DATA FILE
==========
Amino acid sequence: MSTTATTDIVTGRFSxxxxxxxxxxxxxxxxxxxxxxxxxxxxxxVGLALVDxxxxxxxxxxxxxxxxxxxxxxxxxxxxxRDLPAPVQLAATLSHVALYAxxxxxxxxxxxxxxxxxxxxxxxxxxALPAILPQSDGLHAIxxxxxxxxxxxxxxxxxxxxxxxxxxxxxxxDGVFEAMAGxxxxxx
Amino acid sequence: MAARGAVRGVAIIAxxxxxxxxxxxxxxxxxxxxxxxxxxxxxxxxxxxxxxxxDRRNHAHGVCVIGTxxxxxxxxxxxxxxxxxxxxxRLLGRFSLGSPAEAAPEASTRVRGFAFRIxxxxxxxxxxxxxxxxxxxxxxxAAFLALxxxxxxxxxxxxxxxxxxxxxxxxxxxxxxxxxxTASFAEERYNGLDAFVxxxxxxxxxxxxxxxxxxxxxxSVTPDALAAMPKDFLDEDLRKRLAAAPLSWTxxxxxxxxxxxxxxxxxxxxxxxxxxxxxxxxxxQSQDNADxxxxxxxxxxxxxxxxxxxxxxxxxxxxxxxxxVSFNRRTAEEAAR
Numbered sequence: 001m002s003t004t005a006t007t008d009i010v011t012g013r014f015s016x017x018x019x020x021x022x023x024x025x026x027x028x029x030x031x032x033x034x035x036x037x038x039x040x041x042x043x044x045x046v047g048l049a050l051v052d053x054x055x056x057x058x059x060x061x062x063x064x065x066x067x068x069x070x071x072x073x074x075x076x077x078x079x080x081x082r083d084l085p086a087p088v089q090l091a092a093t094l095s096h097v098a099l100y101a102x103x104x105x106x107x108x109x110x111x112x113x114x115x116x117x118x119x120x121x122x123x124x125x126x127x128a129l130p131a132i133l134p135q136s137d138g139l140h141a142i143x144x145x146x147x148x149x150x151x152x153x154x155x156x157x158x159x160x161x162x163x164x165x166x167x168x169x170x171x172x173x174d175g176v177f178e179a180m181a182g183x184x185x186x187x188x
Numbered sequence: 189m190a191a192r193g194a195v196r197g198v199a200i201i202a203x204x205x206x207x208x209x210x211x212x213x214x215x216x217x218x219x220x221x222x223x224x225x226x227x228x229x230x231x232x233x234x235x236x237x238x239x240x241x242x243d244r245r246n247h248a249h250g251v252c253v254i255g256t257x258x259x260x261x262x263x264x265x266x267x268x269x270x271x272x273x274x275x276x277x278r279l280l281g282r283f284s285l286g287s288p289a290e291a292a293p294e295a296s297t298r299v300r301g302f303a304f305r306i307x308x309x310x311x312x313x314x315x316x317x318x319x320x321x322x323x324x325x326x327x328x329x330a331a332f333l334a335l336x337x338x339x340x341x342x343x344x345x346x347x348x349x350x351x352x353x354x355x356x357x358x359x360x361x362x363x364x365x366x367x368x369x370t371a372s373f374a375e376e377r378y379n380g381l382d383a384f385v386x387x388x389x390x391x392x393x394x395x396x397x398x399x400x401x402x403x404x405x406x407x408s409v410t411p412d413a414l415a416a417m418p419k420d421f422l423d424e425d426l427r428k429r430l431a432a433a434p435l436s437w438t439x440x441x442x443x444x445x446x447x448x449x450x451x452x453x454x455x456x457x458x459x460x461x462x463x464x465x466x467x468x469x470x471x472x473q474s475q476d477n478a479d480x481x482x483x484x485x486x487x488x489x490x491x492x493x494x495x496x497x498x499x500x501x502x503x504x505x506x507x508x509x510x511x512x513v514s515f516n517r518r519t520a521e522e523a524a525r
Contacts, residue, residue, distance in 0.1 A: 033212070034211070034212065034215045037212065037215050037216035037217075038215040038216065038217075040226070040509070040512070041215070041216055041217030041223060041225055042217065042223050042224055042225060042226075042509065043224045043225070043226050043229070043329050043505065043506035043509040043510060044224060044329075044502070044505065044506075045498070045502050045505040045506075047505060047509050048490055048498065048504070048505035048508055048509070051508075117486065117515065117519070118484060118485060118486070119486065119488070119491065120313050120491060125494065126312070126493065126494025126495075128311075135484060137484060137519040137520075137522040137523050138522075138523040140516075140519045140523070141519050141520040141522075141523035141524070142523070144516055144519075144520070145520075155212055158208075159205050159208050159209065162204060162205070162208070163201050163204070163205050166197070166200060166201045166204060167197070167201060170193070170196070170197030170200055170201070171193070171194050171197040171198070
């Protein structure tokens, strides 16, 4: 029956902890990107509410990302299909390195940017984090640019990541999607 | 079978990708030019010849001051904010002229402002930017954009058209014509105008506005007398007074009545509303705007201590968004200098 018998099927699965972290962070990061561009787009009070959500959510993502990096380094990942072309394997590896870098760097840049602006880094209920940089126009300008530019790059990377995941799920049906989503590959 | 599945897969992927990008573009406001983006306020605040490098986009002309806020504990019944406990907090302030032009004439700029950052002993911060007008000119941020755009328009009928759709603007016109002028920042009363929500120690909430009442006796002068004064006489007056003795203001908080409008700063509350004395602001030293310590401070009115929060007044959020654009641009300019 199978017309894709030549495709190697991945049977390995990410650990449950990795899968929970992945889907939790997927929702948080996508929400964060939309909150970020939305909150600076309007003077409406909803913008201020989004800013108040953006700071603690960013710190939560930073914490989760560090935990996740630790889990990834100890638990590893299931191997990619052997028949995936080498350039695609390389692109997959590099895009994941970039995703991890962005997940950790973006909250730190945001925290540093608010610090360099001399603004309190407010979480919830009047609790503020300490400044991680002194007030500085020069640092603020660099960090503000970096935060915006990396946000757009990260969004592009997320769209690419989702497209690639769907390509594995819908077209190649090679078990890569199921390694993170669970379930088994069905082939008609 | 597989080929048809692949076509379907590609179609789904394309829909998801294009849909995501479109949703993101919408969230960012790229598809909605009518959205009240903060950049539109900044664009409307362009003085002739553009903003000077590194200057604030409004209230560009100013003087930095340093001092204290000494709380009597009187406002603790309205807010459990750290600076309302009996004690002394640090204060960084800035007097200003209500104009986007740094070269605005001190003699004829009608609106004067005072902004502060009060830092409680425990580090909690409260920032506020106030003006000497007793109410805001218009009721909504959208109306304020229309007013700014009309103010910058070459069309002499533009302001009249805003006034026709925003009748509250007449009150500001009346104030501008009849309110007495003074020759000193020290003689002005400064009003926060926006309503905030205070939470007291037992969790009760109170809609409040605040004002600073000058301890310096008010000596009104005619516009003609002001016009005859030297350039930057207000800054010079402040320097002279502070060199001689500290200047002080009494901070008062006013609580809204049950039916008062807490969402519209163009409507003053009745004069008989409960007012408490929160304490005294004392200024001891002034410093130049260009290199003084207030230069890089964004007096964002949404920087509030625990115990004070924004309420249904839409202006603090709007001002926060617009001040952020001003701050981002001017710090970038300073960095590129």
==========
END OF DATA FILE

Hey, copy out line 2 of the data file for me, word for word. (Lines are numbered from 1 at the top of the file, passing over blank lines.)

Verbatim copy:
Amino acid sequence: MAARGAVRGVAIIAxxxxxxxxxxxxxxxxxxxxxxxxxxxxxxxxxxxxxxxxDRRNHAHGVCVIGTxxxxxxxxxxxxxxxxxxxxxRLLGRFSLGSPAEAAPEASTRVRGFAFRIxxxxxxxxxxxxxxxxxxxxxxxAAFLALxxxxxxxxxxxxxxxxxxxxxxxxxxxxxxxxxxTASFAEERYNGLDAFVxxxxxxxxxxxxxxxxxxxxxxSVTPDALAAMPKDFLDEDLRKRLAAAPLSWTxxxxxxxxxxxxxxxxxxxxxxxxxxxxxxxxxxQSQDNADxxxxxxxxxxxxxxxxxxxxxxxxxxxxxxxxxVSFNRRTAEEAAR